You know what we love best? The music they put on. It was Sam Hui’s soft sentimental songs. Suanne has a complete collection of Sam Hui’s songs at home. Sam is the king of Cantopop and undisputed “God of Song” in the 80s … he he he … and that shows our age! Anyway, if you’re into Cantopop, enjoy this song as you read the rest of this posting.


I learned something new that day. I had always wondered why there are rice grains in the salt shaker. Suanne claims that this keeps the salt from clumping together. Is that right … you reckon?


We noticed that every table had congee — so, it would be a safe bet to order congee. As a matter of fact their menu is dominated by congee with the front page of the menu saying the following:

Congee is a popular kind of traditional Chinese diet which has been around for thousands of years. It is mentioned in many ancient Chinese books, some of which date back to the very beginning of Chinese history. One ancient record describes the preparation of a “Celestial Congee” which contains curing powers that overcome certain chronic diseases affecting the kidney and the spleen. It can also build up body health. A Sung Dynasty poet, Lu You, wrote in a poem on congee “All mortals crave for long life. They do not understand that the key lies in the present. For me who live in the vale, my philosophy is easy and simple: eating congee brings health and leads to immortality”

Nevertheless, it is totally believable that eating congee maintains good health and prolongs life. From the modern medical point of view, congee — a semi-liquid diet — regulates and enhances our appetite. it brings healthy digestion and helps the body to readily absorb nutrition. The benefits of eating congee are irrefutable.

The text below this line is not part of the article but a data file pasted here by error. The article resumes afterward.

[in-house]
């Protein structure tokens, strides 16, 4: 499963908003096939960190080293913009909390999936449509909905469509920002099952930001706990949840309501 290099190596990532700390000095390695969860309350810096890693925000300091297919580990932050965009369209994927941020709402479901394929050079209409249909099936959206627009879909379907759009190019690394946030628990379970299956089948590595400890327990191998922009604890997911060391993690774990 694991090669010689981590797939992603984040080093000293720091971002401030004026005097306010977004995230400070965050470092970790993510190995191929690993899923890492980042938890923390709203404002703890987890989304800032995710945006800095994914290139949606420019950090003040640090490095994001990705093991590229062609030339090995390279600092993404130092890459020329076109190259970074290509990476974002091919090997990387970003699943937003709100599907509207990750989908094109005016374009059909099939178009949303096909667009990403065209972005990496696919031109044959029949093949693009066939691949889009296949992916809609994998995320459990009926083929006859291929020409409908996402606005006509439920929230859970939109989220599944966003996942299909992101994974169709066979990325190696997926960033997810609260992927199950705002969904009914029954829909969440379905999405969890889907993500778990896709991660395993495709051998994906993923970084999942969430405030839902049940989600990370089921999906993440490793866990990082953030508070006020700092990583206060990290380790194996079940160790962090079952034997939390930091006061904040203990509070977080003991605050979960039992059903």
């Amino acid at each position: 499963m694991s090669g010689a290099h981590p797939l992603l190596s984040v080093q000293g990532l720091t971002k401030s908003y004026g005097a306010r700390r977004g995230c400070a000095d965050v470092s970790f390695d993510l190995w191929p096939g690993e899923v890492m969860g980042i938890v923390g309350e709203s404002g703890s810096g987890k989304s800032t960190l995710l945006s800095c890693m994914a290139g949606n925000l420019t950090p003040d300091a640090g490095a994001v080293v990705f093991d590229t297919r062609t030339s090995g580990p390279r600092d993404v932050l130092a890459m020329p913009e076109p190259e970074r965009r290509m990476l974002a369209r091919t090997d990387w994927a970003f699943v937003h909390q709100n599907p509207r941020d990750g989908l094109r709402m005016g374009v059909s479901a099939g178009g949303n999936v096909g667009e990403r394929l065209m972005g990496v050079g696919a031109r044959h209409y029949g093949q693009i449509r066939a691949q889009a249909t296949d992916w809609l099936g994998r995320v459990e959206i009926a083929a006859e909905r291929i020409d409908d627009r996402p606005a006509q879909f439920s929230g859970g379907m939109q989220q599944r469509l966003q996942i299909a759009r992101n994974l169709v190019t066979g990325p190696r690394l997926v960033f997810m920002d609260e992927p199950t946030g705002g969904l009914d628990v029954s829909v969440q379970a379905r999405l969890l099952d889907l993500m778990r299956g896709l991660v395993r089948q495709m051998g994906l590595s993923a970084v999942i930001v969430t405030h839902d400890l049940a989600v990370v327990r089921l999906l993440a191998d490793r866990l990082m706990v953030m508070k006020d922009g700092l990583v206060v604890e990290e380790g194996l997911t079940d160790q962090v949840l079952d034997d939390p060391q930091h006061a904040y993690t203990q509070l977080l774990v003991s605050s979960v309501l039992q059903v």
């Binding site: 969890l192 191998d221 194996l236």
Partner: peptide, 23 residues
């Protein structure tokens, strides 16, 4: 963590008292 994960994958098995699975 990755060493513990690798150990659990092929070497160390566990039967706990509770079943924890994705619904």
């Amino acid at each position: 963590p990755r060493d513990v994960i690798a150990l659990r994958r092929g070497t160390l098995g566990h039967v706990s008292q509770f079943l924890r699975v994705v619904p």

Their congee is really smooth … the kind that they blend it to near puree-like. (more…)

Continue ReadingCongee Noodle House on East Broadway, Vancouver

7-Courses of Beef from Song Huong, Vancouver

Some of you may remember this. This was way back in spring last year when we went for a little vacation in Seattle where we came across the first time the Vietnamese Seven Courses of Beef at the Tamarind Tree. It was one of the most memorable dinners we ever had. We lamented the fact that there is no Vietnamese restaurant like the Tamarind Tree in Vancouver.

Well, we finally found one restaurant in Metro Vancouver that serves Seven Courses of Beef. Suanne and I went with ET and Christina (of Doesn’t TaZte Like Chicken) to Song Huong right after the visit to Pearl Drops Teahouse.


Song Huong is located on Nanaimo St and 1st Ave in Vancouver. For some reason we had the address as 2408 Nanaimo but good thing we travelled south along Nanaimo because we found that it’s located instead on 1613 Nanaimo … otherwise we would have missed this place.